Once, when Jesus attended worship in his hometown, they asked him to read the Scripture and give a sermon. His message upset them. They were so enraged that they dragged him out of town and tried to throw him off a cliff (Luke 4:17-30).

Some folks complain about how poorly they are treated at church. Jesus attended with people who wanted to kill him! When we follow Jesus, we will have the habit of worshiping with others on a regular basis, despite the shortcomings of some who attend.

Jesus also had a habit of withdrawing to lonely places in order to pray (Luke 5:16). When we follow Jesus, we will be a people of frequent intentional prayer.

When Jesus slipped away for prayer, large crowds came looking for him. They wanted to hear him speak and to be healed by him (Luke 5:15). They were interested in what he could do for them.

Things are no different today. We are tempted to see prayer as wasted time, or at least as a low priority. After all, we have so much to do! It’s easy to push prayer into the background.

Jesus was busy, too, but he put prayer at the top of his list. When we follow Jesus, we will take prayer seriously.

Jesus appointed his followers and sent them out (Luke 10:1). Their task was to prepare others to meet Jesus. When we follow Jesus, he will send us out to tell others about him, too.

Jesus told his followers that he was sending them out like lambs among wolves (Luke 10:3). He knows how difficult this task can be. But Jesus also said that there is an abundant harvest waiting for those who go before him (Luke 10:2).

Harvest is a time of great joy and celebration. In fact, harvest is used in the Bible to picture the end of this age. For those who have worked in the Lord’s field, the Day of Judgment will be one of rejoicing and enjoying the fruit of their labor.

This reminds us of the greatest place that we will go when we follow Jesus. After his resurrection, Jesus led his followers to the vicinity of Bethany. While blessing them, he was taken up to heaven (Luke 24:50-51).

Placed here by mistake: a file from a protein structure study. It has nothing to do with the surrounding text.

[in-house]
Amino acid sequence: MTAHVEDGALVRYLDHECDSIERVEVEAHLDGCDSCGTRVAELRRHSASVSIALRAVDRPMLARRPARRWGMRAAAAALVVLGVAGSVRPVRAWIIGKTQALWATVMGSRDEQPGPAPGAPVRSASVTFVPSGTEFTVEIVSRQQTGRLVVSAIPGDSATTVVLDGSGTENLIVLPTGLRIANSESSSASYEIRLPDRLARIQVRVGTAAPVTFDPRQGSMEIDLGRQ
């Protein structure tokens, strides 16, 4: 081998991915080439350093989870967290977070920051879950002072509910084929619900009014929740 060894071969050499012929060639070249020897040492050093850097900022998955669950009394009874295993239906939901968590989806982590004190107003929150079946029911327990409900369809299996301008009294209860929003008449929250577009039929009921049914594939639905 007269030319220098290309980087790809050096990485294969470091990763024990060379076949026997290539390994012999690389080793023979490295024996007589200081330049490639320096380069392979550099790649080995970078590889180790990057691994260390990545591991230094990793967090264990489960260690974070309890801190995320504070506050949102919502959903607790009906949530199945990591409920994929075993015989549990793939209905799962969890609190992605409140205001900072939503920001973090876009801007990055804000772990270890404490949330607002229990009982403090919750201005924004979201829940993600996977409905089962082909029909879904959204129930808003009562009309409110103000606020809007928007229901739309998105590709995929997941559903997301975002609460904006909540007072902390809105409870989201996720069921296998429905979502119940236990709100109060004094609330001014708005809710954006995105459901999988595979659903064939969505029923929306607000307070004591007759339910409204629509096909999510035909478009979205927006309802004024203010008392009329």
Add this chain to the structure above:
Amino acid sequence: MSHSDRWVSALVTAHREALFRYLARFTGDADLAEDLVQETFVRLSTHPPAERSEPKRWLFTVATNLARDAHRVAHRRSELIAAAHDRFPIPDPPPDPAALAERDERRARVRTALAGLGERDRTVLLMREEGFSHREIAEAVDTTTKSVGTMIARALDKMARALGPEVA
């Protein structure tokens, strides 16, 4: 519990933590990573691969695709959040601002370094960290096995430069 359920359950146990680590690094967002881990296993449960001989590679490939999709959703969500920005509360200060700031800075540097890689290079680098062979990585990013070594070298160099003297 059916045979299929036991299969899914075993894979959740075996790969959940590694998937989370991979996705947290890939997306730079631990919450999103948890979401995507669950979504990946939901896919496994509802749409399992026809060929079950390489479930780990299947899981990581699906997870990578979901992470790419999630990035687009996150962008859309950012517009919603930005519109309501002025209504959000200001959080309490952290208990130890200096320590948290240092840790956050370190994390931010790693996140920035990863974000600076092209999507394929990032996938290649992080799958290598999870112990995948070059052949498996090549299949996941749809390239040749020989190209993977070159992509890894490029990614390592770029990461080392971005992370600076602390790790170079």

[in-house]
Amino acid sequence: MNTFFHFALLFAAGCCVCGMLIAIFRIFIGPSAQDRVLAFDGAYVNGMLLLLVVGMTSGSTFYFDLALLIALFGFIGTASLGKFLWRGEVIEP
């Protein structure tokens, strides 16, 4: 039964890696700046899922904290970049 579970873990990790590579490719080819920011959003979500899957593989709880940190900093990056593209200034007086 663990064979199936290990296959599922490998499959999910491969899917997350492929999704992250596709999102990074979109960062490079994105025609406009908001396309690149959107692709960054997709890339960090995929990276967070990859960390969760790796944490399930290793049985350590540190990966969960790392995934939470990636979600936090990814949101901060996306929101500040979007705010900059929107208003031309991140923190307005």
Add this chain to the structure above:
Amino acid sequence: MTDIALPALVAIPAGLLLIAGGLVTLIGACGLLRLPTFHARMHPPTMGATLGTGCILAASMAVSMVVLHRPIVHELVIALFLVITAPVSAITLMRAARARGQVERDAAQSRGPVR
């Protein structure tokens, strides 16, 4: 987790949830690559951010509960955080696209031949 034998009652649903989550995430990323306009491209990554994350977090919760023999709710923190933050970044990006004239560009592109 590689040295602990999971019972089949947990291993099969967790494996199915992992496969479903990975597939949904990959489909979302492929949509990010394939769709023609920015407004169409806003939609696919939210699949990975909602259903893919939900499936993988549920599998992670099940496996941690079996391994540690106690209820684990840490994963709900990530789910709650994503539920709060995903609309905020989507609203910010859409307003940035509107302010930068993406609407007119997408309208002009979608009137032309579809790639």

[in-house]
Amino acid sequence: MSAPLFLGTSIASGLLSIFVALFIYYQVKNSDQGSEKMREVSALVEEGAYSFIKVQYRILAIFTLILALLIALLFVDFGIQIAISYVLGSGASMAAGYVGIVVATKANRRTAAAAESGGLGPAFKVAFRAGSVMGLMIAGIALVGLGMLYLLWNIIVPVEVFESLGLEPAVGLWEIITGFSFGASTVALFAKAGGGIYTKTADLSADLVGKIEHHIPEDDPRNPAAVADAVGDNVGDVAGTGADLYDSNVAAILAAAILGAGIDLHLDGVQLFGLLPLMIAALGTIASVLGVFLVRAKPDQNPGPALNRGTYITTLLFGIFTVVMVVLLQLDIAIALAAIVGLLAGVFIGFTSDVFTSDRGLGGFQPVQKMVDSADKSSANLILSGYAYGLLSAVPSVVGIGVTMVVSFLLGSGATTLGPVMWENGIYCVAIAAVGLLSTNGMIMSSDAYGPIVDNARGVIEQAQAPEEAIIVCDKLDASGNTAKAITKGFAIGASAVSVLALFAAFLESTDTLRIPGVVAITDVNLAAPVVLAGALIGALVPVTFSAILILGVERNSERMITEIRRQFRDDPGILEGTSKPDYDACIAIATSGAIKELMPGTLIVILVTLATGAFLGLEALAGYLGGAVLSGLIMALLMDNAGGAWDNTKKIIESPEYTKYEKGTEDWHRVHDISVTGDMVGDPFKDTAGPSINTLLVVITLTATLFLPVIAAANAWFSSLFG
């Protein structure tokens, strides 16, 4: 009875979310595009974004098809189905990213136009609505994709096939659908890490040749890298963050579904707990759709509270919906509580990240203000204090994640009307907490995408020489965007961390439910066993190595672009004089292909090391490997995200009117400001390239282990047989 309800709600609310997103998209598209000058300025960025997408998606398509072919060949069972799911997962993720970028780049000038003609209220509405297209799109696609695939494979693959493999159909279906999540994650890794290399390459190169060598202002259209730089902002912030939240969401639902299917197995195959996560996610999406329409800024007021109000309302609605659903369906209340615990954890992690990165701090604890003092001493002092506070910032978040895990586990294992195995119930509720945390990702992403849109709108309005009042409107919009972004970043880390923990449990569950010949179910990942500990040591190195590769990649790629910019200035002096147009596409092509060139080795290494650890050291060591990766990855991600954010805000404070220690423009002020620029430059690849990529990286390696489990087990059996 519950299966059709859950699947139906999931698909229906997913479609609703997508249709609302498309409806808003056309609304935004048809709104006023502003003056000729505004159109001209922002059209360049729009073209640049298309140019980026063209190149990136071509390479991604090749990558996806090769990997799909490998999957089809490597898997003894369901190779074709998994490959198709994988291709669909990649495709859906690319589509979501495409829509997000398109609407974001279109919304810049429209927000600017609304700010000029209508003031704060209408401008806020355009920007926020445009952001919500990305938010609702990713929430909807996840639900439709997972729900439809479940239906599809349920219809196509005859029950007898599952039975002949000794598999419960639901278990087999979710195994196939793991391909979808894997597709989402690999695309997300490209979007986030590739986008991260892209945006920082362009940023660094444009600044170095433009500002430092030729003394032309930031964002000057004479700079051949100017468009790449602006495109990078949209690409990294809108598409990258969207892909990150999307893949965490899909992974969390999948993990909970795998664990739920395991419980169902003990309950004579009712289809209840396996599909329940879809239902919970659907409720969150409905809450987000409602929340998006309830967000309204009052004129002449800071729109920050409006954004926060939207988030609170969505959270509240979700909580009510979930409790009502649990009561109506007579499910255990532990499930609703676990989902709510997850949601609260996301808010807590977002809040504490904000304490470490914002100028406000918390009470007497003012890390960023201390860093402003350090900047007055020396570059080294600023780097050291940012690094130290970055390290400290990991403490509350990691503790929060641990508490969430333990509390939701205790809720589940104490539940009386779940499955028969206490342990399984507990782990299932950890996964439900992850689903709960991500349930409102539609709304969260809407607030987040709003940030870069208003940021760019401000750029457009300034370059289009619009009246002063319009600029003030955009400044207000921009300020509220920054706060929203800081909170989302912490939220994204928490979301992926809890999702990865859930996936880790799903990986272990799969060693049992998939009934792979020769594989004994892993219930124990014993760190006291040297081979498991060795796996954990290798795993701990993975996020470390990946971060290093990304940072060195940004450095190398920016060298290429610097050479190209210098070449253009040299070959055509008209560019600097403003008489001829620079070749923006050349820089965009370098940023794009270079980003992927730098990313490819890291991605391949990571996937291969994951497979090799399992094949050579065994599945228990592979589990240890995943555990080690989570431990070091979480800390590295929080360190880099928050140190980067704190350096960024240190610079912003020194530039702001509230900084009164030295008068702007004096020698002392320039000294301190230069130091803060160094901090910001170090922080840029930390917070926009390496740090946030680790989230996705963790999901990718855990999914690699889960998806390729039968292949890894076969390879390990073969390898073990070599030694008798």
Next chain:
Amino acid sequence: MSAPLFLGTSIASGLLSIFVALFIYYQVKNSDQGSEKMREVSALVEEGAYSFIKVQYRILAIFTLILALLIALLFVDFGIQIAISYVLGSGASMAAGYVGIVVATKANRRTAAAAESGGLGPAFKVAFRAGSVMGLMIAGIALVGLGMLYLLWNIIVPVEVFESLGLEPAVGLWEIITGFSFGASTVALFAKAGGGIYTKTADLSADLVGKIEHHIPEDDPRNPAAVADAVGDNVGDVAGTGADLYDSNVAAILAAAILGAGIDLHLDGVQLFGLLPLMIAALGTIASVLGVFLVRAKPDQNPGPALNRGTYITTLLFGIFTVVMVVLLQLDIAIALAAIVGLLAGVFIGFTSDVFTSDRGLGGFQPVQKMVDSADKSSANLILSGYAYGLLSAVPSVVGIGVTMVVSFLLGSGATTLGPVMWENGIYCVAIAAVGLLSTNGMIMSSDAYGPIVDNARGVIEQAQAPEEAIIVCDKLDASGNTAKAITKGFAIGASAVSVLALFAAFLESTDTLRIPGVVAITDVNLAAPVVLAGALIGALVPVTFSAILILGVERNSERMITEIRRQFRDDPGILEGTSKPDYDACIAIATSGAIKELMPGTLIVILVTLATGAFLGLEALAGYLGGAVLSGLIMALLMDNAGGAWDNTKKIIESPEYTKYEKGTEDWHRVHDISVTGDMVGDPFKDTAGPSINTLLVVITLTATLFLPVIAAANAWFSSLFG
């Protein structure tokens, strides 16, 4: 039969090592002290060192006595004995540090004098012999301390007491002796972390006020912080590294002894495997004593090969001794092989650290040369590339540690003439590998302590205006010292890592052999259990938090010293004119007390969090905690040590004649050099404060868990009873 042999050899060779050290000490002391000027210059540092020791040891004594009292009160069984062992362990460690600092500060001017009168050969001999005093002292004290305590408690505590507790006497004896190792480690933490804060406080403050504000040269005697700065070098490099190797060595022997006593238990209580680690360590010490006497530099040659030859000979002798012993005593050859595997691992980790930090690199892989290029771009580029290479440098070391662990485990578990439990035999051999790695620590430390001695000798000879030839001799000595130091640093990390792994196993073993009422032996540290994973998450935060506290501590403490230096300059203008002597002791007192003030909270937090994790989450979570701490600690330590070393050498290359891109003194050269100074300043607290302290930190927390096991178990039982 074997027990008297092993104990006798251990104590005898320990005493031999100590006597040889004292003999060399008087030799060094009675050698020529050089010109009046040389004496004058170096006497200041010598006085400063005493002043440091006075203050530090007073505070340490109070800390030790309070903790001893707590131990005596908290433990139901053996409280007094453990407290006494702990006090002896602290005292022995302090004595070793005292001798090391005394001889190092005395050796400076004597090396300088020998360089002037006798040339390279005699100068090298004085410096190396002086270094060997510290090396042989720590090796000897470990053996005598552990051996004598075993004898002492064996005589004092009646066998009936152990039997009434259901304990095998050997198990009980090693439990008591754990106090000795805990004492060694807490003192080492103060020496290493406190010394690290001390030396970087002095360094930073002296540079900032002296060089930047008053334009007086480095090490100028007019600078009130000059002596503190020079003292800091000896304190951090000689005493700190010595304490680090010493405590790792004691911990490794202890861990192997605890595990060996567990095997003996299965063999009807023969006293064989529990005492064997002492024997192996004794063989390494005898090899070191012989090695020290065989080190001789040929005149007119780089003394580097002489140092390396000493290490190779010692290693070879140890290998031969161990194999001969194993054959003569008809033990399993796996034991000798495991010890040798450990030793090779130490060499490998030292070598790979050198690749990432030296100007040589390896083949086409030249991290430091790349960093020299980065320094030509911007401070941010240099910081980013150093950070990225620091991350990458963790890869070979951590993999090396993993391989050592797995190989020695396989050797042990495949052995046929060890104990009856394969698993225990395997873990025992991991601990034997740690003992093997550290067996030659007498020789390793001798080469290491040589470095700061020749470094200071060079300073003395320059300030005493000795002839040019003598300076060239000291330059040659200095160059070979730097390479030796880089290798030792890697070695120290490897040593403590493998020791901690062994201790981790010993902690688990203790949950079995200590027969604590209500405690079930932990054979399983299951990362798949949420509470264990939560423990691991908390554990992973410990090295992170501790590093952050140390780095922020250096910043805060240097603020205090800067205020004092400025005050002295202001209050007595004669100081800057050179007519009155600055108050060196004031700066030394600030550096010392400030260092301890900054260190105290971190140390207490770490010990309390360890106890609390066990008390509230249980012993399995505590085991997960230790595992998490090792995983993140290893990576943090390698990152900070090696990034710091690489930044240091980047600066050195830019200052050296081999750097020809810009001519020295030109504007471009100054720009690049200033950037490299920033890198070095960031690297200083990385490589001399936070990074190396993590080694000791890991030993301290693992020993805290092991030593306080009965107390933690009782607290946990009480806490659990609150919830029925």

Jesus promised his followers that he was going ahead of them to prepare a place. He promised to come back and take them, and us, to be with him (John 14:2-3). When we follow Jesus, we have a marvelous destination: heaven.

As followers of Jesus, we attend church regularly, we intentionally and frequently spend time in prayer, we tell others about Jesus, and we look forward to the day when our Lord will return to take us home.

May we be faithful to follow our Lord Jesus in all things,

Brother Richard

Leave a comment

Filed under Religion

Fight The Good Fight (Audio)

Click here to start the audio: Fight the Good Fight

Fight with me in prayer! This is an excellent message about fighting in prayer, learning to pray, and the power of prayer. From Ephesians 6:10-13.

Leave a comment and tell us what you thought.

Dr. Richard Foster, Grace Baptist Church, Camden, AR

Leave a comment

Filed under Religion

Fight With Me!

Fight with me in prayer. That is what the Apostle Paul asked the church in Rome to do (Romans 15:30). It may seem strange to think of prayer as a battle, but the Bible assures us that Christians are caught in a firefight, and without prayer we will fall.

In Ephesians 6 we learn that our enemies in this age are not flesh and blood but spiritual: Satan and his evil troops. Our real battle is not political, economic or cultural. Our battle is spiritual.

In order to stand against the spiritual forces of evil in this age we must be diligent in using all the spiritual equipment which God has provided. Like a well-armed soldier, followers of Jesus can face the enemy with confidence, knowing that victory is assured.

The Apostle Paul was incarcerated and being guarded by a Roman soldier as he wrote about spiritual warfare to the believers in Ephesus. His description of God’s full armor is a great way to think about the spiritual weapons that God has given his people.

The belt of truth enables us to stand against Satan’s lies. The breastplate of righteousness makes us impervious to the accusations made against us by the Devil. Feet fitted with the readiness of the gospel of peace keep us from being frozen by fear of our Enemy.

The shield of faith protects us from the deadly temptations that are fired at us in order to destroy us. The helmet of salvation gives us confidence to pursue heaven in a world that is trying desperately to ignore the danger of hell.

The sword of God’s Spirit is the word of God. The word of God is living and active, sharper than any double-edged sword. No weapon can withstand God’s word.